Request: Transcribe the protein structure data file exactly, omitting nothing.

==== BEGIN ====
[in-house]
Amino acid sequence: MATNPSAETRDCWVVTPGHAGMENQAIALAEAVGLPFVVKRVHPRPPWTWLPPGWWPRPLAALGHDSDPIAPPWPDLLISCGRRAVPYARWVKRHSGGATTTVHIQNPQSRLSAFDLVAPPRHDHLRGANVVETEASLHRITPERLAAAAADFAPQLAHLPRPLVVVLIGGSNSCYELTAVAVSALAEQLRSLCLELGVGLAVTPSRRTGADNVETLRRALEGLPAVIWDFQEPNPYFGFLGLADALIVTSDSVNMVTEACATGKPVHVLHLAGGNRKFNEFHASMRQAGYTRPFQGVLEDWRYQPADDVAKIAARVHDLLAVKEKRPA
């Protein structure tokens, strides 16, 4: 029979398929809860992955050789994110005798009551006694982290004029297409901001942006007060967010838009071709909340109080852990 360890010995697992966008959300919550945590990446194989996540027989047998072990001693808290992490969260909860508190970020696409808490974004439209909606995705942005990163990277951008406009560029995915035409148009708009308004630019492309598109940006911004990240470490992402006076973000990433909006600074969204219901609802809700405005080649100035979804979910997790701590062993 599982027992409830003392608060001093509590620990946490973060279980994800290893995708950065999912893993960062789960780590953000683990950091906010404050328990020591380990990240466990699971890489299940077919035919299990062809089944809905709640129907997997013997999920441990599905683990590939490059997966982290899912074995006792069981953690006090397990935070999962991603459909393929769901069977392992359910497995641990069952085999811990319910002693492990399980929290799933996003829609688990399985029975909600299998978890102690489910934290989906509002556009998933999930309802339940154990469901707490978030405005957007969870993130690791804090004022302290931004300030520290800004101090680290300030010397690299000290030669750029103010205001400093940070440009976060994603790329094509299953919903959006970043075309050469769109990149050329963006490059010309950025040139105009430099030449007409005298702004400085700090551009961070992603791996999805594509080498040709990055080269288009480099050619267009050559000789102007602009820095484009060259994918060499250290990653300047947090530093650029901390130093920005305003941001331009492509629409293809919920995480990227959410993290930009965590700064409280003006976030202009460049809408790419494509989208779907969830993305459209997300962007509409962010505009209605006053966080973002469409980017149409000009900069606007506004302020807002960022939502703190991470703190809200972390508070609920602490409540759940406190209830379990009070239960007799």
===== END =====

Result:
[in-house]
Amino acid sequence: MATNPSAETRDCWVVTPGHAGMENQAIALAEAVGLPFVVKRVHPRPPWTWLPPGWWPRPLAALGHDSDPIAPPWPDLLISCGRRAVPYARWVKRHSGGATTTVHIQNPQSRLSAFDLVAPPRHDHLRGANVVETEASLHRITPERLAAAAADFAPQLAHLPRPLVVVLIGGSNSCYELTAVAVSALAEQLRSLCLELGVGLAVTPSRRTGADNVETLRRALEGLPAVIWDFQEPNPYFGFLGLADALIVTSDSVNMVTEACATGKPVHVLHLAGGNRKFNEFHASMRQAGYTRPFQGVLEDWRYQPADDVAKIAARVHDLLAVKEKRPA
């Protein structure tokens, strides 16, 4: 029979398929809860992955050789994110005798009551006694982290004029297409901001942006007060967010838009071709909340109080852990 360890010995697992966008959300919550945590990446194989996540027989047998072990001693808290992490969260909860508190970020696409808490974004439209909606995705942005990163990277951008406009560029995915035409148009708009308004630019492309598109940006911004990240470490992402006076973000990433909006600074969204219901609802809700405005080649100035979804979910997790701590062993 599982027992409830003392608060001093509590620990946490973060279980994800290893995708950065999912893993960062789960780590953000683990950091906010404050328990020591380990990240466990699971890489299940077919035919299990062809089944809905709640129907997997013997999920441990599905683990590939490059997966982290899912074995006792069981953690006090397990935070999962991603459909393929769901069977392992359910497995641990069952085999811990319910002693492990399980929290799933996003829609688990399985029975909600299998978890102690489910934290989906509002556009998933999930309802339940154990469901707490978030405005957007969870993130690791804090004022302290931004300030520290800004101090680290300030010397690299000290030669750029103010205001400093940070440009976060994603790329094509299953919903959006970043075309050469769109990149050329963006490059010309950025040139105009430099030449007409005298702004400085700090551009961070992603791996999805594509080498040709990055080269288009480099050619267009050559000789102007602009820095484009060259994918060499250290990653300047947090530093650029901390130093920005305003941001331009492509629409293809919920995480990227959410993290930009965590700064409280003006976030202009460049809408790419494509989208779907969830993305459209997300962007509409962010505009209605006053966080973002469409980017149409000009900069606007506004302020807002960022939502703190991470703190809200972390508070609920602490409540759940406190209830379990009070239960007799």